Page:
Belite LED instruments are very bright, completely suitable for viewing in daylight, but they do come with a 'dimming' function for dusk conditions. Here is an example Belite LED instrument:
|Belite LED instrument: Turn Coordinator with solid state gyro|
Each instrument has a yellow wire which may be attached to a dimming potentiometer, so that you can control how bright the LEDs are.
We've had several tech support inquiries on how to attach that wire. Here's the answer:
A) If you never plan to fly in dim light conditions, just leave the yellow wire unattached. Your unit will always be at full brightness.
B) If your bird has navigation lighting (EG: position lights) you can attach the yellow wire to them. Therefore, if your position lights are turned on, your LED indicators will be fully dimmed.
C) If you desire to have variable control over the dimming intensity, the yellow wire may be attached to a separate potentiometer (not supplied by us) to provide control. You'll need a potentiometer (10K ohm suggested) and perhaps a knob for the potentiometer, and you'll want to mount the potentiometer in your instrument panel. A suitable potentiometer is from Radio Shack, part # 271-1715, and they look like this:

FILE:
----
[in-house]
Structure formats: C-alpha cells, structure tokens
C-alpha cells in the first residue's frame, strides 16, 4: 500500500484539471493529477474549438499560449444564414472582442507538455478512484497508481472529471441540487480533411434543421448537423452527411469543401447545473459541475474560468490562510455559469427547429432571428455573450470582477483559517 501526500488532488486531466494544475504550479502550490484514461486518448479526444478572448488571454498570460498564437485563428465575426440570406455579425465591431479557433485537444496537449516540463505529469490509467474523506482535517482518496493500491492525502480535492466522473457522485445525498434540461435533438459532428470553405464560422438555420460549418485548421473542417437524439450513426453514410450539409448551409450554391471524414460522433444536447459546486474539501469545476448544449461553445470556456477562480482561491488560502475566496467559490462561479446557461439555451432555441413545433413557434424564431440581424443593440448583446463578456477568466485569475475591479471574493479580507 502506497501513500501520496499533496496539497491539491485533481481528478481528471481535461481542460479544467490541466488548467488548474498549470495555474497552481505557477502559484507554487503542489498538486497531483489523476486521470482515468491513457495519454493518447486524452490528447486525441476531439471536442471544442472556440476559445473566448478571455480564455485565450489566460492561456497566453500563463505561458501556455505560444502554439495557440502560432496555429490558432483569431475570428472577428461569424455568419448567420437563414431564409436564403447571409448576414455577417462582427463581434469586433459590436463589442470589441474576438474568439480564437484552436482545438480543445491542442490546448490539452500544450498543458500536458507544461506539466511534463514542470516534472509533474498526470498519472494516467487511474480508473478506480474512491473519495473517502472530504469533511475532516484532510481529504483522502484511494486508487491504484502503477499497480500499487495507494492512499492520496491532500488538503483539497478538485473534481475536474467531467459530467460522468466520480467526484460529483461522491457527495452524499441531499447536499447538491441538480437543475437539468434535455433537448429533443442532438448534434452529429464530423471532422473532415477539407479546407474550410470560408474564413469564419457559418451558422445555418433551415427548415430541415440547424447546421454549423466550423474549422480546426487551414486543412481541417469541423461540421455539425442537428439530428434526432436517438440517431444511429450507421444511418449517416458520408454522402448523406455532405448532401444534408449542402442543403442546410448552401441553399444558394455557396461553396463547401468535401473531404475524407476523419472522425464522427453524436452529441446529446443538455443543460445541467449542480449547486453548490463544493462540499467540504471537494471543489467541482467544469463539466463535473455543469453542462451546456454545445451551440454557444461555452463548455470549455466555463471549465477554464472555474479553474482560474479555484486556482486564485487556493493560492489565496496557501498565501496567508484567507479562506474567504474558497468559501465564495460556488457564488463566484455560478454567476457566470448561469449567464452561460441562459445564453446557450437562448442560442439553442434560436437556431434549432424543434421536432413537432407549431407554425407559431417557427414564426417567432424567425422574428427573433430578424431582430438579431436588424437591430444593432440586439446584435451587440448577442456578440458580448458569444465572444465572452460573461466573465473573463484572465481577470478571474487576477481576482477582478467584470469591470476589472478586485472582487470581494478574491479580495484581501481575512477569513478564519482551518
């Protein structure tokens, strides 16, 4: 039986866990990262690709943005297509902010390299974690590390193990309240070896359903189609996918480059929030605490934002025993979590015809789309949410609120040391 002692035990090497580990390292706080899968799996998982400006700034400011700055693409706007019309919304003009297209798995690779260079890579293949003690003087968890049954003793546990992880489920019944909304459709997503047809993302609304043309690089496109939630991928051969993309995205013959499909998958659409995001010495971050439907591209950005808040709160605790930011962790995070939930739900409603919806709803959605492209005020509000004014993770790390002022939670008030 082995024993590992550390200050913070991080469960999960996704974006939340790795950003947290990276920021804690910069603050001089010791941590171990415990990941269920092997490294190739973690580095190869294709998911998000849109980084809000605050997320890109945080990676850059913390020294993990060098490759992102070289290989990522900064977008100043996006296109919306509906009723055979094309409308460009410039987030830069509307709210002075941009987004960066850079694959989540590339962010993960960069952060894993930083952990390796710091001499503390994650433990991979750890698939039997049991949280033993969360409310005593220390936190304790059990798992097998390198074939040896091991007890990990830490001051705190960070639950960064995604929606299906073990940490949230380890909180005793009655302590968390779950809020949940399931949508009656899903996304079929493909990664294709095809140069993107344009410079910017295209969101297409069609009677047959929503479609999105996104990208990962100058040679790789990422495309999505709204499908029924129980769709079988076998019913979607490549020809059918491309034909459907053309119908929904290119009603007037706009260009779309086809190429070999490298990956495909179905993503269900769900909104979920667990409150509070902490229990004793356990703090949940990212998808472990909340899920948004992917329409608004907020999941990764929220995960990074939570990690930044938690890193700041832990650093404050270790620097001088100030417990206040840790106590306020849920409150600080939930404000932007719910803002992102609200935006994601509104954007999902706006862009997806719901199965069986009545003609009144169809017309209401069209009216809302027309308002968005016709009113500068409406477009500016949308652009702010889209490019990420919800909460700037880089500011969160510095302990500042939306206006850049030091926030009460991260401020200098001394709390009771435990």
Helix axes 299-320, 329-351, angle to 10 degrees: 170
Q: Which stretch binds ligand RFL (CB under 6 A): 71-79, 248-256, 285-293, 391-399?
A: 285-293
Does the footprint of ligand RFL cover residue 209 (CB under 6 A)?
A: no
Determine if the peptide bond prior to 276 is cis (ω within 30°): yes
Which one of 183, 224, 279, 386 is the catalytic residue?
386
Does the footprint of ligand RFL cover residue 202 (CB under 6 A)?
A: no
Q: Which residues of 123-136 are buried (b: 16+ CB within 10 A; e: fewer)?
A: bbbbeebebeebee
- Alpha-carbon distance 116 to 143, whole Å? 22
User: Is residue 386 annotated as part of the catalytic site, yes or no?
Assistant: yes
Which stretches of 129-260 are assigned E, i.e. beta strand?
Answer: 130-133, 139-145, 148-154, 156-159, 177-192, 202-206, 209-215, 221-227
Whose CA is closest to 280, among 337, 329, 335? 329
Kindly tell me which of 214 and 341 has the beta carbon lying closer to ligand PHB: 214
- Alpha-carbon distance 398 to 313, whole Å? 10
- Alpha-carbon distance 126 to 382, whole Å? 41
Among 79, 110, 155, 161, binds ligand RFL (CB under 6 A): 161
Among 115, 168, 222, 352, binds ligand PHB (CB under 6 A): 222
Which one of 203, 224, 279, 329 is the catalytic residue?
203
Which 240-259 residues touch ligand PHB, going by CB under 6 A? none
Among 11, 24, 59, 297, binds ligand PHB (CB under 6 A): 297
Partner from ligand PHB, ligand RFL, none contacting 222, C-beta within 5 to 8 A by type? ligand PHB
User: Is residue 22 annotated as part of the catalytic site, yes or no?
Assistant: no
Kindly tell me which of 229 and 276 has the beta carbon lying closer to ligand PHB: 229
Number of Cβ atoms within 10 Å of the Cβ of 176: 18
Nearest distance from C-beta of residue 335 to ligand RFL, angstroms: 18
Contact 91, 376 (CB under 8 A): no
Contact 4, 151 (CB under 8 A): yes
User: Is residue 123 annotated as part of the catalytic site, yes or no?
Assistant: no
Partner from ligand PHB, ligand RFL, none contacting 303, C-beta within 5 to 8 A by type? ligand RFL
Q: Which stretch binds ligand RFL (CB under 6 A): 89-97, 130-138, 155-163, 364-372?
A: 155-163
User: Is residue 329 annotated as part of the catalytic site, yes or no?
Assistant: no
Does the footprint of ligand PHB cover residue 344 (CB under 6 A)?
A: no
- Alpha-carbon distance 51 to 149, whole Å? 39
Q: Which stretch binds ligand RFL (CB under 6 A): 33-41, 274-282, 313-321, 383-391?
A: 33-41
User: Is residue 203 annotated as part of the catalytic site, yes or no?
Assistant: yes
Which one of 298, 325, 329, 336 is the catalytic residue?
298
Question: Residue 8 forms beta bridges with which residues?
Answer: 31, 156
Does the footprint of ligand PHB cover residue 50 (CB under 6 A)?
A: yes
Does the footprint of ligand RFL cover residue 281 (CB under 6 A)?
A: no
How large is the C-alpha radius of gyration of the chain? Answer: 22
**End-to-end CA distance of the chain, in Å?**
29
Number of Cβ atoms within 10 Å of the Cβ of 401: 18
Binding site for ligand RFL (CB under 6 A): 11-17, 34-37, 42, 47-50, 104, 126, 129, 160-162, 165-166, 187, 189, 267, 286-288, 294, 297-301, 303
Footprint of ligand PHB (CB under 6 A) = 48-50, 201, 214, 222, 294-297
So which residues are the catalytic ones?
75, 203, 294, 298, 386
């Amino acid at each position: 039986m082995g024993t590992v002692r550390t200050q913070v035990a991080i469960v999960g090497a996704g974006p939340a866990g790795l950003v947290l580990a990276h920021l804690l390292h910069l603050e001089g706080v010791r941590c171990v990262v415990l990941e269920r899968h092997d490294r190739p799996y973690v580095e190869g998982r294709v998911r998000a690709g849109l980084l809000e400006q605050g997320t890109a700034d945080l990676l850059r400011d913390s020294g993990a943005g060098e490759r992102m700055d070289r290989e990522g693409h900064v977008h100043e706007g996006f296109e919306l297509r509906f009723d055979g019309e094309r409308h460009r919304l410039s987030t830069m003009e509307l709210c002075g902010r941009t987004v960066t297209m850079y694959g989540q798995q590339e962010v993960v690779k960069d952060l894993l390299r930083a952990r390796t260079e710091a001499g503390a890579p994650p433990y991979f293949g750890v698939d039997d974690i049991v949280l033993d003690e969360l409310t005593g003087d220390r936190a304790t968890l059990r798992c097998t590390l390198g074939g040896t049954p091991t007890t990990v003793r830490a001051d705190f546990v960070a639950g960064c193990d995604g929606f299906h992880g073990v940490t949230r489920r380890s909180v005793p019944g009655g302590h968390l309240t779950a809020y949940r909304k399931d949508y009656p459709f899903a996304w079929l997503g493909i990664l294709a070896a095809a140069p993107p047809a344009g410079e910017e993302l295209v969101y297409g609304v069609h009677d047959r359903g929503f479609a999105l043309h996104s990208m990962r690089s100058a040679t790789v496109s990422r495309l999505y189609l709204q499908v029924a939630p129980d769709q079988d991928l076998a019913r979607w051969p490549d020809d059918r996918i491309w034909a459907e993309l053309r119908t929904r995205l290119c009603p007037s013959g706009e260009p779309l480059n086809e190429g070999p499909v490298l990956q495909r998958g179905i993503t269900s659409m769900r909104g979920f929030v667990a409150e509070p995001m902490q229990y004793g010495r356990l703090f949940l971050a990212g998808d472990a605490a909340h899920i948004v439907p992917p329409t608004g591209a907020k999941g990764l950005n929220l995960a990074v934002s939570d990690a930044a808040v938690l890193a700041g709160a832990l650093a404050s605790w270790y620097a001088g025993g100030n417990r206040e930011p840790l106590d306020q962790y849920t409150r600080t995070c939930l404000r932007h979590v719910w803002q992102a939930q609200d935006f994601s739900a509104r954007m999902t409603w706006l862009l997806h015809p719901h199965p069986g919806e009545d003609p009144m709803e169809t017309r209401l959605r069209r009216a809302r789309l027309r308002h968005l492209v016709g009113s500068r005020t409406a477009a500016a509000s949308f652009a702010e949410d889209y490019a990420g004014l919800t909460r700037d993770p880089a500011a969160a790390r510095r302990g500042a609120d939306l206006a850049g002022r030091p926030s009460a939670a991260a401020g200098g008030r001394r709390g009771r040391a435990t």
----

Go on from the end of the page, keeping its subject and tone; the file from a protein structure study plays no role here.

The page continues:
Your Belite instrument still requires its own power. You can hook it up to the same +12v source (red wire) and the ground (black wire).
If you don't have access to a Radio Shack, and if you are so inclined, Digi-Key sells bazillions of variable potentiometers. A suitable Digi-Key part # is: 3852A-202-103AL-ND; but the Radio Shack part is a lot less expensive.
Even More Technical info:
The yellow wire going into the Belite instrument is not connected directly to the LEDs. Rather, it is connected to a small microprocessor inside the instrument, which analyzes the voltage level and controls the LEDs by varying the amount of time they are turned on. This happens so quickly that your eye sees it as a dim condition, but its actually a very rapidly flashing light with a varying duty cycle. Many LED lighting systems with variable intensity work this way; for instance; LED brake lights on cars.